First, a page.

I’ve been on and off carrying my .22 rifle over the past couple months looking for grouse and snowshoe hare (hares?). I haven’t seen any grouse since I started carrying, but both last week and today I’ve seen hares. So far I’ve seen three on our property, and each time I saw them, I wasn’t carrying my rifle or my bow. The hare I saw this morning may have been laughing at me. Hares have a very clever strategy for eluding predators: when startled they run a short distance through the brush, freeze for ten to twenty seconds, then run again. For predators that are focused on movement, I think the momentary pause allows the hares to disappear due to their excellent camouflage. For a human hunter it’s a challenge because just as you get the animal in your sights, it bolts. And since you’re looking through your sights or scope, it’s much harder to pick them up after they’ve left the view. Anyway, the hare today was 20–30 feet away, in plain sight, and showed no sign that it considered me a threat. It kept right on eating alder shoots, preening, and at one point even got up on it’s hind legs and looked around. It would have been an easy target for my bow.
Had I been carrying it.
Today I went for a walk on the Creek with Nika and Piper and it occurred to me that the iPhone ought to be able to tell me not only where I am (which it does quite well with the Google-driven map application), but on whose property I’m walking through. It took me a little time, but I now have a webapp (http://swingleydev.com/gis/loc.html) that can do this (don't bother clicking on the link unless you're on an iPhone or other GPS-enabled device).
The result is a pair of pages. The first one shows you your current location, speed, and heading. With a press of a button (and a delay while the database finds the property owner) you can see the Borough information on the property you’re currently inside (assuming you’re in the Fairbanks North Star Borough—this page doesn’t do non-Borough residents any good).
Here’s how I set it up:
My web hosting provider doesn’t have a new enough version of PostgreSQL to run PostGIS, which means I need to use the spatially-enabled version of SQLite3, called Spatialite. To get the parcel database from the shapefile to Spatialite requires the following steps. Some parcels are eliminated in this process, but it’s a small fraction of the parcels in the database:
Download the parcels shapefile:
$ wget ftp://co.fairbanks.ak.us/GIS/tax_parcels.zip
Unzip it and insert it into a spatially enabled PostgreSQL database using ogr2ogr. Crash the process immediately:
$ unzip tax_parcels.zip $ ogr2ogr -f "PostgreSQL" -t_srs EPSG:4326 -overwrite -skipfailures PG:"dbname='test'" tax_parcels.shp
Fix the column definitions:
sql> DELETE FROM tax_parcels; sql> ALTER TABLE tax_parcels ALTER COLUMN sqft_calc TYPE numeric (22,12);
Re-import the data:
$ ogr2ogr -f "PostgreSQL" -t_srs EPSG:4326 -append -skipfailures PG:"dbname='test'" tax_parcels.shp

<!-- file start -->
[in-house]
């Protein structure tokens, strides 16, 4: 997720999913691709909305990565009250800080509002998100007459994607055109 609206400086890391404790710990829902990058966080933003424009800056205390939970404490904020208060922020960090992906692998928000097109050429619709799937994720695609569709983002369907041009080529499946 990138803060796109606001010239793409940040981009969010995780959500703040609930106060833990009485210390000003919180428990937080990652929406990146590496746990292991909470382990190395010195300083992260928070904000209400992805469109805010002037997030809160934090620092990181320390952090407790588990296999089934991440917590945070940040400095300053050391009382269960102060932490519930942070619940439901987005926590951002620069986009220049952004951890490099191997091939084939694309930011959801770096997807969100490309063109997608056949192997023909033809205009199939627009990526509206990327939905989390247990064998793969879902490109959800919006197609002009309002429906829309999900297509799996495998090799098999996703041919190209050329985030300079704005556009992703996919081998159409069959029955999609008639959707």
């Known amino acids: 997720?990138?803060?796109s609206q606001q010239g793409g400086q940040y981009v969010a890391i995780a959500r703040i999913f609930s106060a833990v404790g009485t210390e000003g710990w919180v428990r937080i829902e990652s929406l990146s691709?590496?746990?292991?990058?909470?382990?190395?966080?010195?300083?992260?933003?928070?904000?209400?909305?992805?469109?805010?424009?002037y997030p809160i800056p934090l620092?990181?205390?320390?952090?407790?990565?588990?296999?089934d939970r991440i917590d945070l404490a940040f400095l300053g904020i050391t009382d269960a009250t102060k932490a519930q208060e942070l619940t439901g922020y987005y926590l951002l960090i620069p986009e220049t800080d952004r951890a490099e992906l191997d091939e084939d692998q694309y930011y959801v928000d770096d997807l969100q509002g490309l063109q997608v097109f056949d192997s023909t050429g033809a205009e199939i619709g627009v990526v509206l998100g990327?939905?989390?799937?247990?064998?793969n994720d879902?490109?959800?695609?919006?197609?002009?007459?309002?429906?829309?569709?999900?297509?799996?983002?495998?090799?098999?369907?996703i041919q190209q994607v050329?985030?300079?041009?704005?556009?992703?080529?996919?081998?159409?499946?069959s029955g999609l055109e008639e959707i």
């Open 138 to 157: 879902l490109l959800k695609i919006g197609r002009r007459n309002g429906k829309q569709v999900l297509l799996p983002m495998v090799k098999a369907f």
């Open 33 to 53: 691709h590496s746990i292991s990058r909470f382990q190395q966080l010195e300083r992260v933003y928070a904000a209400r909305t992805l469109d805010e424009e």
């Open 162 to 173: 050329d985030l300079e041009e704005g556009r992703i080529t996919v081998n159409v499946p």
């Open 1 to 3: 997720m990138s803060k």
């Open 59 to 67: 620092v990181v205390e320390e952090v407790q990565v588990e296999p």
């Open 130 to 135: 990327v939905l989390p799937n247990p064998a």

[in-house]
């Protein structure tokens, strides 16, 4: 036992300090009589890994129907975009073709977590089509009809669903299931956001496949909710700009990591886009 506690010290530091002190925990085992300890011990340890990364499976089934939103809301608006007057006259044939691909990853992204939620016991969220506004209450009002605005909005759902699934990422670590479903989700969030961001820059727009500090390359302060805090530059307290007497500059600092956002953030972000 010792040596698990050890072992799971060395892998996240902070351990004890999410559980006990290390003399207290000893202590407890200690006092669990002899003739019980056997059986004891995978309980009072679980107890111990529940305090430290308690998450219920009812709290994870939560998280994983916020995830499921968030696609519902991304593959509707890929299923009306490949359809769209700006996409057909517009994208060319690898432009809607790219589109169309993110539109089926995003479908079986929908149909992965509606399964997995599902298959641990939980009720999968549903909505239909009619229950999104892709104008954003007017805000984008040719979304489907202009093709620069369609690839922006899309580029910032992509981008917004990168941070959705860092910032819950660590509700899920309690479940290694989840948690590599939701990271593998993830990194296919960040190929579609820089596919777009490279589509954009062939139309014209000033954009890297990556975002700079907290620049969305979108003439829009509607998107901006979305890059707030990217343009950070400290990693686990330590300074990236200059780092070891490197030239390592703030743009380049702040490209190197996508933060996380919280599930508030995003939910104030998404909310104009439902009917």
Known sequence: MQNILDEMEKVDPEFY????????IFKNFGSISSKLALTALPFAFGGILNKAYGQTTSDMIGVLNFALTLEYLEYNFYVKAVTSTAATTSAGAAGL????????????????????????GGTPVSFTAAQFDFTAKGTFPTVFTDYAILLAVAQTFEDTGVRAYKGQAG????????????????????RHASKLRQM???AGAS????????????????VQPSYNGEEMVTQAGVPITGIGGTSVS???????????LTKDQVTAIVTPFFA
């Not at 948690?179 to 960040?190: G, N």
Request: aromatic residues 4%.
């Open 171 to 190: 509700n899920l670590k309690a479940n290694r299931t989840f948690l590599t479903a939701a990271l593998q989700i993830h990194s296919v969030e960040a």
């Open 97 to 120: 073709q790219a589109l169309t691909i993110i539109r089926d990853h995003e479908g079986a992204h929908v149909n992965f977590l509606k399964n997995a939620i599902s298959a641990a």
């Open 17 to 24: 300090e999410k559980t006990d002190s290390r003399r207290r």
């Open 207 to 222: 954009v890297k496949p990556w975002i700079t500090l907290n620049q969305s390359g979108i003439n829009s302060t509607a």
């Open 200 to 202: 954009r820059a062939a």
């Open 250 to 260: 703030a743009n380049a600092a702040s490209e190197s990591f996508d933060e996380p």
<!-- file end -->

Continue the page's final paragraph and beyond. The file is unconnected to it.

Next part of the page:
Convert the geometry column to MULTIPOLYGON:
sql> ALTER TABLE tax_parcels DROP CONSTRAINT "enforce_geotype_wkb_geometry"; sql> ALTER TABLE tax_parcels ADD CONSTRAINT "enforce_geotype_wkb_geometry" CHECK (geometrytype(wkb_geometry) = 'MULTIPOLYGON'::text OR wkb_geometry IS NULL OR geometrytype(wkb_geometry) = 'POLYGON'::text); sql> UPDATE tax_parcels SET wkb_geometry = ST_Multi(wkb_geometry); sql> ALTER TABLE tax_parcels DROP CONSTRAINT "enforce_geotype_wkb_geometry"; sql> ALTER TABLE tax_parcels ADD CONSTRAINT "enforce_geotype_wkb_geometry" CHECK (geometrytype(wkb_geometry) = 'MULTIPOLYGON'::text OR wkb_geometry IS NULL); sql> UPDATE geometry_columns SET type='MULTIPOLYGON' WHERE f_table_name='tax_parcels' AND f_geometry_column='wkb_geometry';
Re-import the data (there will be thousands of errors, but this insert should add the MULTIPOLYGON rows that weren’t inserted the first time around):
$ ogr2ogr -f "PostgreSQL" -t_srs EPSG:4326 -append -skipfailures PG:"dbname='test'" tax_parcels.shp
Get rid of the illegal polygons:
sql> DELETE FROM tax_parcels WHERE NOT ST_IsValid(wkb_geometry);
Convert to spatialite:
$ ogr2ogr -f "SQLite" tax_parcels.sqlite PG:"dbname='test'" -dsco SPATIALITE=YES
sqlite> SELECT street_add, owner_firs, owner_last, owner1, owner2, owner3, mail_add, ci_st_zip, round(acres_calc, 1) as acres, ’$’ || total as total, ’$’ || land as land, ’$’ || improvemen as improvements, pan, sub, block, lot, road_water, lot_size, units, neighborho, primary_us, tax_status, tax_year, mill_rate, business, year_built, situs_numb, situs_name FROM tax_parcels WHERE Intersects(GEOMETRY, SetSRID(MakePoint(lon, lat), 4326));
Again, implementing this would be a lot easier if I could install PostGIS on the server and use PHP to access the data directly. Because I can’t, spatialite and CGI do the trick.
Update: I added a few more steps to convert the initially imported POLYGON layers to MULTIPOLYGON, which then allows us to include the MULTIPOLYGON rows from the shapefile.